Cookies on this website
We use cookies to ensure that we give you the best experience on our website. If you click 'Continue' we'll assume that you are happy to receive all cookies and you won't see this message again. Click 'Find out more' for information on how to change your cookie settings.

Professor Chris Lavy was mentioned in Parliament last week in a discussion related to his work in pioneering orthopaedic care in Africa.

Professor Chris Lavywas mentioned in Parliament last week by Lord Crisp. The house of Lords was asked by Lord Ribeiro whether Her Majesty's Government would support the strengthening of emergency and essential surgical care and anaesthesia by the World Health Organisation to reduce the global burden of disease.

Lord Crisp, who was Chief Executive of the NHS from 2000-06, noted:

I also think of people such as Professor Chris Lavy, professor of trauma at Oxford University, who has trained orthopaedic clinical officers in Malawi. Therefore, we have a lot to offer in terms of training. Professor Lavy has a long history of work in sub-Saharan Africa and, since 2012, has been one of the leaders of the COOL (COSECSA Oxford Orthopaedic Link) programme.

Similar stories

Doctor Ghada Alsaleh awarded a Versus Arthritis Career Development Fellowship

Postdoctoral Researcher Ghada Alsaleh has been awarded a research grant by Versus Arthritis which she will use to develop a new therapy for osteoarthritis.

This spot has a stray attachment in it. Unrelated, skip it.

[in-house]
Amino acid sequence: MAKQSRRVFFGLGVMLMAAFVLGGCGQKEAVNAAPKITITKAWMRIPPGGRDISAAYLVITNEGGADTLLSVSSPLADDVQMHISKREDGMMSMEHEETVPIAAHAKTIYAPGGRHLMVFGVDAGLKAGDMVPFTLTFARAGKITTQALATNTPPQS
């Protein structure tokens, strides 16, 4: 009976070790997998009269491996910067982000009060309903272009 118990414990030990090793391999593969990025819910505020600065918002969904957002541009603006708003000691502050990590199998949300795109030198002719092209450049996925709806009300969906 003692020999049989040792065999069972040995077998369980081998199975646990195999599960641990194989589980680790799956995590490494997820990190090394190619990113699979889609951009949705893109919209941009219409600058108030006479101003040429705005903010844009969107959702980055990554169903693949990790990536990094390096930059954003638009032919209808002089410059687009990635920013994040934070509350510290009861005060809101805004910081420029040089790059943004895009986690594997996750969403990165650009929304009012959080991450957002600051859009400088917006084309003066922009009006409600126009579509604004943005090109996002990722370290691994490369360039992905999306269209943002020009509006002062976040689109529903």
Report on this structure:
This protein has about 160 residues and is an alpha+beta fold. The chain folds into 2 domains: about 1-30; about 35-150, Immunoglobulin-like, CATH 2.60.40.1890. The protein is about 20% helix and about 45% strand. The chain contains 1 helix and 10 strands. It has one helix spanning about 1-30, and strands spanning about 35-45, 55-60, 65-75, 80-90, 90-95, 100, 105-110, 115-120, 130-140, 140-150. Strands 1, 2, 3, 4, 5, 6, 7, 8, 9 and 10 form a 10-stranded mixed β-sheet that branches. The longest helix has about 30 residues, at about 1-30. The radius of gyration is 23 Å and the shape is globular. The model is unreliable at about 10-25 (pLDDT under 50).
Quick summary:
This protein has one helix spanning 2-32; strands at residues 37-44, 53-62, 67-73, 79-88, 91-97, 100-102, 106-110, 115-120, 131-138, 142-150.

Study finds marked differences in the use of ankle replacements across six countries

A new study published in Foot and Ankle International reviews the use of ankle replacements across 6 countries to predict why there is a variance in their use, and to determine how far current demands are being met.

NDORMS wins government funding to develop AI for bone health

A state-of-the-art method that uses artificial intelligence to check bone health and reduce fracture risk has been successful in the latest round of the Artificial Intelligence in Health and Care Award.

COVID-19 vaccine safety monitoring should account for age, gender, and database differences

The largest, most extensive global network study on background rates for adverse events of special interest identifies important age, sex and database differences that should inform future safety surveillance efforts.

Professor Keith Willett recognised in Queen’s Birthday Honours

Professor of Orthopaedic Trauma Surgery at NDORMS, Keith Willett becomes a Knight Bachelor for services to the NHS.

Professor Dani Prieto-Alhambra elected to ISPE Board of Directors

Dani Prieto-Alhambra, Professor of Pharmaco- and Device Epidemiology at NDORMS, has been elected as the Academic representative for Europe and Africa on the International Society of Pharmaco-Epidemiology Board of Directors.